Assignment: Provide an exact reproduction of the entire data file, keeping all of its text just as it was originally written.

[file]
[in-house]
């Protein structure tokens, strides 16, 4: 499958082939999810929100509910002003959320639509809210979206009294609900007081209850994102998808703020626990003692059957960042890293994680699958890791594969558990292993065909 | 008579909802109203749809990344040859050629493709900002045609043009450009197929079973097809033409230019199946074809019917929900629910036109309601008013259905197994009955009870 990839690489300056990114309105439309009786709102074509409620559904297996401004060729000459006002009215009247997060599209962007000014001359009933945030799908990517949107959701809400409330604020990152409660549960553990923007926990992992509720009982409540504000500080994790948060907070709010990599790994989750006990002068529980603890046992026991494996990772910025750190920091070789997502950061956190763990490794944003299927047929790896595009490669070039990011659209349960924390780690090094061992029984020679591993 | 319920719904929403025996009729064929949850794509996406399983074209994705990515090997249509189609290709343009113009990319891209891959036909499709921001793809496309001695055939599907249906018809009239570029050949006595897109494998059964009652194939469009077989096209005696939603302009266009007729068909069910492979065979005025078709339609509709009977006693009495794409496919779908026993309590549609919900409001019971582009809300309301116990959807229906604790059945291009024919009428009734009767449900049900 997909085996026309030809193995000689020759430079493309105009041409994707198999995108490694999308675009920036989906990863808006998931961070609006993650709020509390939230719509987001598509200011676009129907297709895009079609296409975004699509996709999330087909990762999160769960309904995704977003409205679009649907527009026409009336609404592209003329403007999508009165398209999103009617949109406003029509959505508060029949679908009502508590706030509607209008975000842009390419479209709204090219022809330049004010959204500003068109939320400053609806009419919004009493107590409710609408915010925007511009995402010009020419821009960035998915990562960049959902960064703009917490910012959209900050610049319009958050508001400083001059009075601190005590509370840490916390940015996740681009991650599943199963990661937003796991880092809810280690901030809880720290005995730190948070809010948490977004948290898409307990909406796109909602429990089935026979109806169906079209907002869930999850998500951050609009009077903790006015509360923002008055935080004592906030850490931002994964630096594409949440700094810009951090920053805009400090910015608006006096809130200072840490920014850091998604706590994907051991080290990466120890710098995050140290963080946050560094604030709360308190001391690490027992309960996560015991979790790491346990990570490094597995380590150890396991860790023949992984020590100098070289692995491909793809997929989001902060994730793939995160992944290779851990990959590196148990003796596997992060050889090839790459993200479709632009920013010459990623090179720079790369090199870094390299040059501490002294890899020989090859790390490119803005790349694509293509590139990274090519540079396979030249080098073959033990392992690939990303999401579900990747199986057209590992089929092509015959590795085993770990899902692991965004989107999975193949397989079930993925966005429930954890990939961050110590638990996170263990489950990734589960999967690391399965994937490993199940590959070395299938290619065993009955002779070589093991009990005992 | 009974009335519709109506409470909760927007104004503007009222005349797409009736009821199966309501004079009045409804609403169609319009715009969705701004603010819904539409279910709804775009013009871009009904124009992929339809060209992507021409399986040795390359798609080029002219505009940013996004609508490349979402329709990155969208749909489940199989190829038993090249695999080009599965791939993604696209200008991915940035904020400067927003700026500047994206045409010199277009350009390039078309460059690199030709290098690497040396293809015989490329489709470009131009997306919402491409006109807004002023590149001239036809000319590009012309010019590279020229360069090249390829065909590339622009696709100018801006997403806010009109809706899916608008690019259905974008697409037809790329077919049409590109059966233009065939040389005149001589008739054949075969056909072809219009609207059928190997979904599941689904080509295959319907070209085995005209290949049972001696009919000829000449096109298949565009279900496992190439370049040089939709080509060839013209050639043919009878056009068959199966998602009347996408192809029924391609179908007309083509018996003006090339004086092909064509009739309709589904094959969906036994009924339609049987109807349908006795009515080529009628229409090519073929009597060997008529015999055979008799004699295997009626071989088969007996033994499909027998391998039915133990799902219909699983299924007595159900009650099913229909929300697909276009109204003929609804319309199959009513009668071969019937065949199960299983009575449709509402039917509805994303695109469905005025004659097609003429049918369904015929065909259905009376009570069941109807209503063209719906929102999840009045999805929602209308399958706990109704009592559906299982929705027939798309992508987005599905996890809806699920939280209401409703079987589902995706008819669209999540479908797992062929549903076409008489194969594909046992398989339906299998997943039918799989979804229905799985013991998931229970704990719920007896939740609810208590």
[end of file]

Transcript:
[in-house]
């Protein structure tokens, strides 16, 4: 499958082939999810929100509910002003959320639509809210979206009294609900007081209850994102998808703020626990003692059957960042890293994680699958890791594969558990292993065909 | 008579909802109203749809990344040859050629493709900002045609043009450009197929079973097809033409230019199946074809019917929900629910036109309601008013259905197994009955009870 990839690489300056990114309105439309009786709102074509409620559904297996401004060729000459006002009215009247997060599209962007000014001359009933945030799908990517949107959701809400409330604020990152409660549960553990923007926990992992509720009982409540504000500080994790948060907070709010990599790994989750006990002068529980603890046992026991494996990772910025750190920091070789997502950061956190763990490794944003299927047929790896595009490669070039990011659209349960924390780690090094061992029984020679591993 | 319920719904929403025996009729064929949850794509996406399983074209994705990515090997249509189609290709343009113009990319891209891959036909499709921001793809496309001695055939599907249906018809009239570029050949006595897109494998059964009652194939469009077989096209005696939603302009266009007729068909069910492979065979005025078709339609509709009977006693009495794409496919779908026993309590549609919900409001019971582009809300309301116990959807229906604790059945291009024919009428009734009767449900049900 997909085996026309030809193995000689020759430079493309105009041409994707198999995108490694999308675009920036989906990863808006998931961070609006993650709020509390939230719509987001598509200011676009129907297709895009079609296409975004699509996709999330087909990762999160769960309904995704977003409205679009649907527009026409009336609404592209003329403007999508009165398209999103009617949109406003029509959505508060029949679908009502508590706030509607209008975000842009390419479209709204090219022809330049004010959204500003068109939320400053609806009419919004009493107590409710609408915010925007511009995402010009020419821009960035998915990562960049959902960064703009917490910012959209900050610049319009958050508001400083001059009075601190005590509370840490916390940015996740681009991650599943199963990661937003796991880092809810280690901030809880720290005995730190948070809010948490977004948290898409307990909406796109909602429990089935026979109806169906079209907002869930999850998500951050609009009077903790006015509360923002008055935080004592906030850490931002994964630096594409949440700094810009951090920053805009400090910015608006006096809130200072840490920014850091998604706590994907051991080290990466120890710098995050140290963080946050560094604030709360308190001391690490027992309960996560015991979790790491346990990570490094597995380590150890396991860790023949992984020590100098070289692995491909793809997929989001902060994730793939995160992944290779851990990959590196148990003796596997992060050889090839790459993200479709632009920013010459990623090179720079790369090199870094390299040059501490002294890899020989090859790390490119803005790349694509293509590139990274090519540079396979030249080098073959033990392992690939990303999401579900990747199986057209590992089929092509015959590795085993770990899902692991965004989107999975193949397989079930993925966005429930954890990939961050110590638990996170263990489950990734589960999967690391399965994937490993199940590959070395299938290619065993009955002779070589093991009990005992 | 009974009335519709109506409470909760927007104004503007009222005349797409009736009821199966309501004079009045409804609403169609319009715009969705701004603010819904539409279910709804775009013009871009009904124009992929339809060209992507021409399986040795390359798609080029002219505009940013996004609508490349979402329709990155969208749909489940199989190829038993090249695999080009599965791939993604696209200008991915940035904020400067927003700026500047994206045409010199277009350009390039078309460059690199030709290098690497040396293809015989490329489709470009131009997306919402491409006109807004002023590149001239036809000319590009012309010019590279020229360069090249390829065909590339622009696709100018801006997403806010009109809706899916608008690019259905974008697409037809790329077919049409590109059966233009065939040389005149001589008739054949075969056909072809219009609207059928190997979904599941689904080509295959319907070209085995005209290949049972001696009919000829000449096109298949565009279900496992190439370049040089939709080509060839013209050639043919009878056009068959199966998602009347996408192809029924391609179908007309083509018996003006090339004086092909064509009739309709589904094959969906036994009924339609049987109807349908006795009515080529009628229409090519073929009597060997008529015999055979008799004699295997009626071989088969007996033994499909027998391998039915133990799902219909699983299924007595159900009650099913229909929300697909276009109204003929609804319309199959009513009668071969019937065949199960299983009575449709509402039917509805994303695109469905005025004659097609003429049918369904015929065909259905009376009570069941109807209503063209719906929102999840009045999805929602209308399958706990109704009592559906299982929705027939798309992508987005599905996890809806699920939280209401409703079987589902995706008819669209999540479908797992062929549903076409008489194969594909046992398989339906299998997943039918799989979804229905799985013991998931229970704990719920007896939740609810208590």